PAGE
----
And it’s not surprising I’d think that. For most of my life, I’ve been institutionalised into thinking that way. First in the family, where resistance and disobedience mean going to bed with no supper, to school where they mean detentions, to work where it means having increased leisure potential. And I’ve also been brought up to respect those who protect or defend; the emergency services, the Armed Forces.
Add in those bastions of goodnes and light, the elves and dwarfs, and the deal is done. If I want to play good guys, I *must* choose Guardian. If I want to play a bad guy, I *must* play a Defiant.
They are, after all, rebelling against authority. They don’t look like I do. And that Bahmi looks quite a lot like an orc, if I squint a bit and turn my head a bit. They’re at least big and brutish, so that’s close enough.
Yet, just as I’m feeling a little cheated, a little digging into the lore goes a long way. The Guardians might well be the “Chosen” of Telara’s gods, but their movie voice-overs are done by someone who sounds a little too close to The Kurgan, and that, my dear reader, was not a nice chap.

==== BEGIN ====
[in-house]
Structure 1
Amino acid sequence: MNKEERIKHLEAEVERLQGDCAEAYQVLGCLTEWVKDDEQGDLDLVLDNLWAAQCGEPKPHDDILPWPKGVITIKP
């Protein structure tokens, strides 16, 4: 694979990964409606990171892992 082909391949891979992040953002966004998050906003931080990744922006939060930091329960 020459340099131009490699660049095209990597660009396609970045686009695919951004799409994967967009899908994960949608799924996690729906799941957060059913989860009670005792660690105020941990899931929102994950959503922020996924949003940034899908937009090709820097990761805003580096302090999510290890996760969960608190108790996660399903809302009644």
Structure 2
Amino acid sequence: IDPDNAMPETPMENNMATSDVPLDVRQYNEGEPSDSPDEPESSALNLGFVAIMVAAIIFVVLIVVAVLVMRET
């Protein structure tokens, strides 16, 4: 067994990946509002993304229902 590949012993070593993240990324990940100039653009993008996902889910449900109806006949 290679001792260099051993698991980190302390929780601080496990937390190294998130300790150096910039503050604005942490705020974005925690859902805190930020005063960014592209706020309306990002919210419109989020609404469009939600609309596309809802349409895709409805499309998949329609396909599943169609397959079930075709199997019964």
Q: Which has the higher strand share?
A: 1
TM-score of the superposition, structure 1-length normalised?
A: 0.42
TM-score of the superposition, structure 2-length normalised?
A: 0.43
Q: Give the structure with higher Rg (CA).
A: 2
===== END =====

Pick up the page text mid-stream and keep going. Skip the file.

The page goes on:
Likewise, their religious nature seems quite bigoted. Religious bigotry is never pretty, and never good. And whilst the desire to be “Powerful” is rarely pretty, the Defiant’s quest for scientific knowledge is progressive, forward-thinking; it is modern.
So whilst the imagery used by Trion points to the Guardians as good guys and the Defiants as bad , their background lore suggests that the opposite may be truer in the long run.
I quite like that. Having two shades of grey will hopefully mean a more equal spread of players between the two factions, which could only be good for the game. Of course, it could also be really bad, as there are some players out there who like black and white; who want to be in the whiter-than-white faction, or the blacker-than-black of Team Evil.
Ah well. Can’t please everyone.